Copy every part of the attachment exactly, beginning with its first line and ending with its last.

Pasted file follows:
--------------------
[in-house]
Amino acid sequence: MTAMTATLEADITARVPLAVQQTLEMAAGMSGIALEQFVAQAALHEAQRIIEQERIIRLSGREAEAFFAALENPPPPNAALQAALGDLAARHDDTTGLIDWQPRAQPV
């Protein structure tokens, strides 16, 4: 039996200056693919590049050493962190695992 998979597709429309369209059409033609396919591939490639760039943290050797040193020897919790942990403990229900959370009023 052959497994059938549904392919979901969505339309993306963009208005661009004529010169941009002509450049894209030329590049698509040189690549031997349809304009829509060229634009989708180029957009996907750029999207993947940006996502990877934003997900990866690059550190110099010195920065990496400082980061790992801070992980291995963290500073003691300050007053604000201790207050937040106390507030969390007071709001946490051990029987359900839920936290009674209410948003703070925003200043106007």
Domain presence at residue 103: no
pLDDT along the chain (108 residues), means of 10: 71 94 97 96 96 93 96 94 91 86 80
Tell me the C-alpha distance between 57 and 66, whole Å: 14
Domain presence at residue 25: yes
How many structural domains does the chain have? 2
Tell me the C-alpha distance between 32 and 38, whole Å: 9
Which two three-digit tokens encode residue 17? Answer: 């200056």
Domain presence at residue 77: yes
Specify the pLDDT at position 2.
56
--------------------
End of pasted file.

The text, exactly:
[in-house]
Amino acid sequence: MTAMTATLEADITARVPLAVQQTLEMAAGMSGIALEQFVAQAALHEAQRIIEQERIIRLSGREAEAFFAALENPPPPNAALQAALGDLAARHDDTTGLIDWQPRAQPV
């Protein structure tokens, strides 16, 4: 039996200056693919590049050493962190695992 998979597709429309369209059409033609396919591939490639760039943290050797040193020897919790942990403990229900959370009023 052959497994059938549904392919979901969505339309993306963009208005661009004529010169941009002509450049894209030329590049698509040189690549031997349809304009829509060229634009989708180029957009996907750029999207993947940006996502990877934003997900990866690059550190110099010195920065990496400082980061790992801070992980291995963290500073003691300050007053604000201790207050937040106390507030969390007071709001946490051990029987359900839920936290009674209410948003703070925003200043106007």
Domain presence at residue 103: no
pLDDT along the chain (108 residues), means of 10: 71 94 97 96 96 93 96 94 91 86 80
Tell me the C-alpha distance between 57 and 66, whole Å: 14
Domain presence at residue 25: yes
How many structural domains does the chain have? 2
Tell me the C-alpha distance between 32 and 38, whole Å: 9
Which two three-digit tokens encode residue 17? Answer: 């200056």
Domain presence at residue 77: yes
Specify the pLDDT at position 2.
56